Sun Service, as the remaining managing partner, commenced efforts to sell the mall. In April 1983, Sun Service filed a petition in state court to dissolve North Bismarck Associates and dispose of its assets. On December 13, 1983, Sun Service and Benson caused the partnership to enter into an agreement to sell Gateway Mall to an unrelated third party for approximately $13,400,000. The Minnesota partners continued to object to sale of the mall, and Sun Service did not obtain court approval. After some delay, the sale was completed on May 25, 1984. The partnership received a cash down-payment of $2,231,412.11; Cowgill was paid a $388,500 commission out of the down-payment. The balance was distributed to the partners.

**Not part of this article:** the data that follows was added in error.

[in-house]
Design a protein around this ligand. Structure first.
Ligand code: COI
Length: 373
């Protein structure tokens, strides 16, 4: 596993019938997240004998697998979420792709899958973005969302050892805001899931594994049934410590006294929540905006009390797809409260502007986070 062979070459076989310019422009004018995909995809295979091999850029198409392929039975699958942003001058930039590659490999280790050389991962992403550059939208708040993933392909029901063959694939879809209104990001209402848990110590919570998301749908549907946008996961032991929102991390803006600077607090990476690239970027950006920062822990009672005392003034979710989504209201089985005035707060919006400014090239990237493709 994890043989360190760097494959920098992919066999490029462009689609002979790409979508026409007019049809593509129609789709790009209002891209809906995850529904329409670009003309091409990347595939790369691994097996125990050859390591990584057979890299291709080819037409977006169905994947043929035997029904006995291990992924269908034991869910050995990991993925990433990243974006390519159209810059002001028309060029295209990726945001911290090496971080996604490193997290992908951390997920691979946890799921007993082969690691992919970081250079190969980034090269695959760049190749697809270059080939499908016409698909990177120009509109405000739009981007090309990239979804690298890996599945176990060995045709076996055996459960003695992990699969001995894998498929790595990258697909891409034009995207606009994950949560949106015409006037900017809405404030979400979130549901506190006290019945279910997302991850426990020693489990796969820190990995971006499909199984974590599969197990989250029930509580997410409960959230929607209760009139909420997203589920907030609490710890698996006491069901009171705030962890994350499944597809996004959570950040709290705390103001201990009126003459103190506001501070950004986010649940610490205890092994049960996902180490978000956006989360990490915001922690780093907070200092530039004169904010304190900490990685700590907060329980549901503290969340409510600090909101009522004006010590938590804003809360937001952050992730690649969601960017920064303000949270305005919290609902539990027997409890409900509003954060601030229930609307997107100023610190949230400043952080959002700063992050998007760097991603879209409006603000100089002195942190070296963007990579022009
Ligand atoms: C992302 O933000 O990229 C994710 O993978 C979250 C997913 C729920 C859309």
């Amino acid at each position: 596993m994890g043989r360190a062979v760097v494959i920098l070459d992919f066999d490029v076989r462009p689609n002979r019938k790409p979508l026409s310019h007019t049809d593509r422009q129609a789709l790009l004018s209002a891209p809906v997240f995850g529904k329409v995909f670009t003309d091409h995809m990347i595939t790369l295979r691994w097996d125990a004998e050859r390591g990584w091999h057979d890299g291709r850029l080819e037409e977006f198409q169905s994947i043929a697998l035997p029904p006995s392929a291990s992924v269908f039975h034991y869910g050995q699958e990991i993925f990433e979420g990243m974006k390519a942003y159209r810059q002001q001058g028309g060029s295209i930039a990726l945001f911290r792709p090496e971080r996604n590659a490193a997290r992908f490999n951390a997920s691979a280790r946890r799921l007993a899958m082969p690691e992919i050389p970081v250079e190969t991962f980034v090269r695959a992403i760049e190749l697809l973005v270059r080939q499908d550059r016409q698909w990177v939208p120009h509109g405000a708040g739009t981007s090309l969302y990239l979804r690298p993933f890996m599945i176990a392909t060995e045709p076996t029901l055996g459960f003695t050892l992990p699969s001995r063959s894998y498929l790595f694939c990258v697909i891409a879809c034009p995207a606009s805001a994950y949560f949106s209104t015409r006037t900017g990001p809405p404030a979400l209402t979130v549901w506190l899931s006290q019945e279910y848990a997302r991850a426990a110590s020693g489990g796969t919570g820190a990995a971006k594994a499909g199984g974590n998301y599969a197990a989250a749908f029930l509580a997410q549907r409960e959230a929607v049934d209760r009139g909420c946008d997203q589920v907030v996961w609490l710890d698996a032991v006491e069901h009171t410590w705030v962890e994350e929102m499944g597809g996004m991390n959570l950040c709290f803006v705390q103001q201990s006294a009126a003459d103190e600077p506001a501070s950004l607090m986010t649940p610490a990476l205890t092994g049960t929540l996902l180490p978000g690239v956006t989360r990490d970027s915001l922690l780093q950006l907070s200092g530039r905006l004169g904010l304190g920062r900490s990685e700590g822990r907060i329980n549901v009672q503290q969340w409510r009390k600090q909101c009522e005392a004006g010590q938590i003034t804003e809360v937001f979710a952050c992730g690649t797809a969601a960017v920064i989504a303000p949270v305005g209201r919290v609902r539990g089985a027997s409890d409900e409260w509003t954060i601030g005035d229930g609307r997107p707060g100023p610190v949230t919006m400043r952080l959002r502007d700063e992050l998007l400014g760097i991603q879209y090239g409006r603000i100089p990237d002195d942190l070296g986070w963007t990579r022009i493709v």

Sun Service voluntarily dismissed the petition for dissolution after the sale of the mall. The Minnesota partners then filed suit alleging that the sale of the mall breached the partnership agreement and violated the fiduciary duties owed the Minnesota partners by the North Dakota partners. Gate City was also named as a defendant on the theory that it was the alter ego of Sun Service. At the close of the three-week trial, the district judge directed a verdict in favor of the Minnesota partners on a number of issues. The judge first directed that the jury find that Gate City was the alter ego of Sun Service in connection with the management of North Bismarck Associates. Des.Rec. at 509. He also directed the jury to find that the sale of the mall was a breach of the partnership agreement by Sun Service, Cowgill, and Benson. Id. The court further directed the jury to find that the sale of the mall involved breaches of fiduciary duties by Cowgill and Sun both as partners and as managing partners. Id. at 510. The court directed the jury to find that the payment of a commission on the sale of the mall out of partnership funds was a breach of fiduciary duties by Sun Service and Cowgill and that they and Gate City were jointly and severally liable for $150,553.46. Id. Also, the court ruled that the payment of certain attorney fees out of partnership funds was a breach of fiduciary duties for which Sun, Cowgill, and Gate City were liable in the amount of $7,197.45. Id. And, finally, the judge directed the jury to find that Sun Service's receipt of a portion of the management fee paid the mall's off-site managers was a breach of fiduciary duty for which Sun Service and Gate City were jointly liable in the amount of $32,073.50. Id.